Sunday, August 22, 2010

Terrain - Triplanar UV mapping

The visual appearance of our terrain got better with anisotropic filtering but there is still one major visual artifact that bothers me: texture distortion on steep slopes.

To fix it we should use a more advanced texture mapping technique. Let's try triplanar mapping.


Take a look at the picture below to see what we are talking about. Texture gets stretched on steep slopes (see marked areas).

Texture distortion on steep slopes
(click for larger image)

This artifact happens because our terrain is grid based thus the more height difference there is between two neighbor vertices the more distant they will be. Quite straightforward. This isn't a problem alone but we do simple planar mapping i.e. texture gets mapped based on the x and z world axes (y is up). Thus if we have a slope the same size of texture will be mapped on a larger shape hence the distortion/stretching.
To make the problem more visible take a look at the terrain with chess texture.

Result of planar mapping

We can fix this by sampling based on all three planes (xz, yz, xy). This is called triplanar mapping.

To be more exact: we take three samples from the same texture but all three based on different planes. We blend these three sampled colors based on the current normal. The normal tells which direction we are facing. If the current pixel is facing up ("flat land") we should map UV based on xz but if it is facing right ("slope") then we should map based on yz. For all pixels in between we should interpolate colors of taken samples.
(Note: we should sample the texture three times and interpolate between three colors based on normal and not interpolate between texture uvs based on normal and take one sample. The latter causes ugly discontinuities. I tried it. :)

To achieve the above mentioned we have to leave our BasicEffect instance and create our own shader for the terrain.

In our pixel shader we simply determine (based on normal) weights for interpolation:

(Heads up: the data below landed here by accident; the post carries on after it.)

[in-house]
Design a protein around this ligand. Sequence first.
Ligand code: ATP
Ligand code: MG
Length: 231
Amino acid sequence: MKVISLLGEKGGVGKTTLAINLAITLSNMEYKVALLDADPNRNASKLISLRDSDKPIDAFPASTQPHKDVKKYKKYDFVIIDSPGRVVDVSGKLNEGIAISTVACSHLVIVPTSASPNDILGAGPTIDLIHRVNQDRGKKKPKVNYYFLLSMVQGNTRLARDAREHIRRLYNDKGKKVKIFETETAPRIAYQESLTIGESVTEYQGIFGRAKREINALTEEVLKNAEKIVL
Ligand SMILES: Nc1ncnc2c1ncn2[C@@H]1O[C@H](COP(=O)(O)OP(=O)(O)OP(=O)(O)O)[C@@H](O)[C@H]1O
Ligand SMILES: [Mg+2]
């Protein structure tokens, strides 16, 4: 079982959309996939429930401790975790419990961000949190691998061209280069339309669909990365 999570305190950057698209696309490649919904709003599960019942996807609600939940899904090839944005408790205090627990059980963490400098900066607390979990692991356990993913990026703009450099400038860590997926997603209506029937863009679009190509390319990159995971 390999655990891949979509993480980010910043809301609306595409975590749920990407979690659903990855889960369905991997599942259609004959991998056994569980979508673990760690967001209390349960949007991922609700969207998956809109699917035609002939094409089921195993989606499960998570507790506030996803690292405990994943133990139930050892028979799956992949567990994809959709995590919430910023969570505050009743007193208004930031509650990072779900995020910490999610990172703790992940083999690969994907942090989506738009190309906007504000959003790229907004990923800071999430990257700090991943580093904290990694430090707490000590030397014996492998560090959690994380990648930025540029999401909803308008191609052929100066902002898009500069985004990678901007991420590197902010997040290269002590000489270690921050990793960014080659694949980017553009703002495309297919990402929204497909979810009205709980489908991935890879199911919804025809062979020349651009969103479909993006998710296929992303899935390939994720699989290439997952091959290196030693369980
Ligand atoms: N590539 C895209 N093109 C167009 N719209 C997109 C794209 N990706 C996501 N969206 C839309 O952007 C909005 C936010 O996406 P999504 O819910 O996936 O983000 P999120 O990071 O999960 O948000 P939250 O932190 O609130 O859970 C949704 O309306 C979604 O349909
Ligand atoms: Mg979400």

mXY = abs(input.worldNormal.z);
mXZ = abs(input.worldNormal.y);
mYZ = abs(input.worldNormal.x);

Then we make their sum equal to one (this is important because we don't want to add or remove any color from the original texture):

float total = mXY + mXZ + mYZ;
mXY /= total;
mXZ /= total;
mYZ /= total;

Then we take our three samples from same texture:

float4 cXY = tex2D(TextureSampler, input.worldPosition.xy * scale);
float4 cXZ = tex2D(TextureSampler, input.worldPosition.xz * scale);
float4 cYZ = tex2D(TextureSampler, input.worldPosition.yz * scale);

And blend them together based on normal vector:

output.Color = cXY*mXY + cXZ*mXZ + cYZ*mYZ;


See picture below to check out the result. You are right, it is not that impressive. Although stretches/distortions have disappeared there is a quite relevant amount of blurring. This is because at every pixel three color samples are interpolated. Compare picture at the bottom with the one in the middle. We have lost (if not more) what we won with anisotropic filtering.

top and middle: triplanar mapping with interpolation
bottom: planar mapping
(click for larger image)

Interpolation did happen on areas as well where we didn't need it. For instance, on the hills (on the right) we could have just simply used xz mapping (and not blend colors) because distortion is so minor it's acceptable.

Ok. Let's rephrase what we really want: for pixels facing almost up should be only xz-mapped and pixels facing almost right should be only yz-mapped. For a small interval for pixels in between we should interpolate. We achieve this by changing weights in pixel shader following way:

float tighten = 0.4679f; 
mXY = abs(input.worldNormal.z) - tighten;
mXZ = abs(input.worldNormal.y) - tighten;
mYZ = abs(input.worldNormal.x) - tighten;


That is, we tighten up the blending zone. See picture below for the result. This looks way better. Actually, it looks great! Although there is a minimal blurring around mapping plane changes the stretch free, consistent texture appearance compensates it.

Triplanar mapping with tightened blending zone
(click for larger image)

This is it. Terrain without texture distortions achieved with triplanar texture mapping.

One more thing: to see how samples were weighted based on normal I changed the color of the texture respectively of which plane were used for mapping. See the terrain below with these color maps to have a better understanding of our mapping.

Planar, Triplanar mappings compared with help of colormaps
(click for larger image)



5 comments:

  1. Hmm I normalized the normal weights to 1 by just squaring the normal components.

    ReplyDelete
  2. How do you convert the final color into uv coordinates without using the GPU to automatically do that. This returns a color, but how do you get uvs?

    ReplyDelete
    Replies
    1. Hey, without using the GPU? What do you mean?

      Converting color into uv? What for?

      The code snippets above are from the pixel shader. They return a color value - for every pixel. And we derive their UV values from their world position. Then we use that derived UV value to sample from textures and finally get some color.

      Delete
  3. Thank you for this! I'm using Marching Cubes for a terrain engine with XNA and you provided a great example and explanation about how to do the texture mapping.

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